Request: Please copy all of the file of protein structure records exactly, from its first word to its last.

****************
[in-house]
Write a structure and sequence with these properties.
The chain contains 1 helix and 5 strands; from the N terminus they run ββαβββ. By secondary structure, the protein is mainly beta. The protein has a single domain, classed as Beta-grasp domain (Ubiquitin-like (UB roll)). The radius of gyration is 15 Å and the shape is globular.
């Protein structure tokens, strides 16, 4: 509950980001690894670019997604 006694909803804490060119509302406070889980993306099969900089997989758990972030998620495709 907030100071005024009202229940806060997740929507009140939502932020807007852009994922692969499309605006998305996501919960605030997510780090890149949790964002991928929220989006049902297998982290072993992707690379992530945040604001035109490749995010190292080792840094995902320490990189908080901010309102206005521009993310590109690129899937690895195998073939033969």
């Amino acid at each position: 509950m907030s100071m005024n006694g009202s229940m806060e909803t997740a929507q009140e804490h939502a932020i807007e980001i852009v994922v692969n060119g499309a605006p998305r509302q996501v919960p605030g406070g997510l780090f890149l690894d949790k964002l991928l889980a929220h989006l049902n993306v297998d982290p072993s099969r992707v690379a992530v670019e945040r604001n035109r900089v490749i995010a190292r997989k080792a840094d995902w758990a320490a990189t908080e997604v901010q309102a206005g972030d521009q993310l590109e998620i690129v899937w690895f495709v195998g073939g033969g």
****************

[in-house]
Write a structure and sequence with these properties.
The chain contains 1 helix and 5 strands; from the N terminus they run ββαβββ. By secondary structure, the protein is mainly beta. The protein has a single domain, classed as Beta-grasp domain (Ubiquitin-like (UB roll)). The radius of gyration is 15 Å and the shape is globular.
């Protein structure tokens, strides 16, 4: 509950980001690894670019997604 006694909803804490060119509302406070889980993306099969900089997989758990972030998620495709 907030100071005024009202229940806060997740929507009140939502932020807007852009994922692969499309605006998305996501919960605030997510780090890149949790964002991928929220989006049902297998982290072993992707690379992530945040604001035109490749995010190292080792840094995902320490990189908080901010309102206005521009993310590109690129899937690895195998073939033969």
């Amino acid at each position: 509950m907030s100071m005024n006694g009202s229940m806060e909803t997740a929507q009140e804490h939502a932020i807007e980001i852009v994922v692969n060119g499309a605006p998305r509302q996501v919960p605030g406070g997510l780090f890149l690894d949790k964002l991928l889980a929220h989006l049902n993306v297998d982290p072993s099969r992707v690379a992530v670019e945040r604001n035109r900089v490749i995010a190292r997989k080792a840094d995902w758990a320490a990189t908080e997604v901010q309102a206005g972030d521009q993310l590109e998620i690129v899937w690895f495709v195998g073939g033969g």